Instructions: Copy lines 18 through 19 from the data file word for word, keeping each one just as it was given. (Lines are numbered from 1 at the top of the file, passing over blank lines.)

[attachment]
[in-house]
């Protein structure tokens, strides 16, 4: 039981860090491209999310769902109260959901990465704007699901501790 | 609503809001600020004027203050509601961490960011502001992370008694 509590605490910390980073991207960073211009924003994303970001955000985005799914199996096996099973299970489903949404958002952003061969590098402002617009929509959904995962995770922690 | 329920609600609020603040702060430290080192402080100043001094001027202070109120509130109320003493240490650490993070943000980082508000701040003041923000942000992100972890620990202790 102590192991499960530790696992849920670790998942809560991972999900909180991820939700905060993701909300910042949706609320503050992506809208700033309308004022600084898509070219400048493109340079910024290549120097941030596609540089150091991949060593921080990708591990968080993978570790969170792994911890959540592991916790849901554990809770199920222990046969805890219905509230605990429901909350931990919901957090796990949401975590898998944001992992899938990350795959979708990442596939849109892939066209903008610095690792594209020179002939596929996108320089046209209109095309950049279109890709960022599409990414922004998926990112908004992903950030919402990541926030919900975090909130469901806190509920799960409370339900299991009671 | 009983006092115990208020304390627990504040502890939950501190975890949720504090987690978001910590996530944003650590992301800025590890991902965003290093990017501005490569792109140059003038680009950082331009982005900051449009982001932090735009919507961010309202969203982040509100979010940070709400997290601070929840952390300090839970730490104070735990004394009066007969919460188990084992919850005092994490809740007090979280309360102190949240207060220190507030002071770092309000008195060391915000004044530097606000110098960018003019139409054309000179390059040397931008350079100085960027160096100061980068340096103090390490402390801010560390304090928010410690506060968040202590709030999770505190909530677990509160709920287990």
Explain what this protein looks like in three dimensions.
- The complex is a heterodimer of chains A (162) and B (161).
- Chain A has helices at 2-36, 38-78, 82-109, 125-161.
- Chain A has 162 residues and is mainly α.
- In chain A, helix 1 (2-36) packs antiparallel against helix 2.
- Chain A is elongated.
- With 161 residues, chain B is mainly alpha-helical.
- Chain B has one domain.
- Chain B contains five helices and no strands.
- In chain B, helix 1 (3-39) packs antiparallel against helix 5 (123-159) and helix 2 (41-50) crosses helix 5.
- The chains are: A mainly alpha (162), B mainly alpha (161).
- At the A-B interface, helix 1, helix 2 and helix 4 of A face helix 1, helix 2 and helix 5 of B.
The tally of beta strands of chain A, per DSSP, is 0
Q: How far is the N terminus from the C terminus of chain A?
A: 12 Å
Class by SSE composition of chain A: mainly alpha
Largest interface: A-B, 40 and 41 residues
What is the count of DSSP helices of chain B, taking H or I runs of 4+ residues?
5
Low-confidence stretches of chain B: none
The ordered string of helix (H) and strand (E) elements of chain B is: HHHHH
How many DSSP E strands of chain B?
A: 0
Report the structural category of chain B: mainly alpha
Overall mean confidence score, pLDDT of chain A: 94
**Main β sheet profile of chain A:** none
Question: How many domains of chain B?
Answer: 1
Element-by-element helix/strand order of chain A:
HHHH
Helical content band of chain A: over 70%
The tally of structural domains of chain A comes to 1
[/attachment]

Class by SSE composition of chain A: mainly alpha
Largest interface: A-B, 40 and 41 residues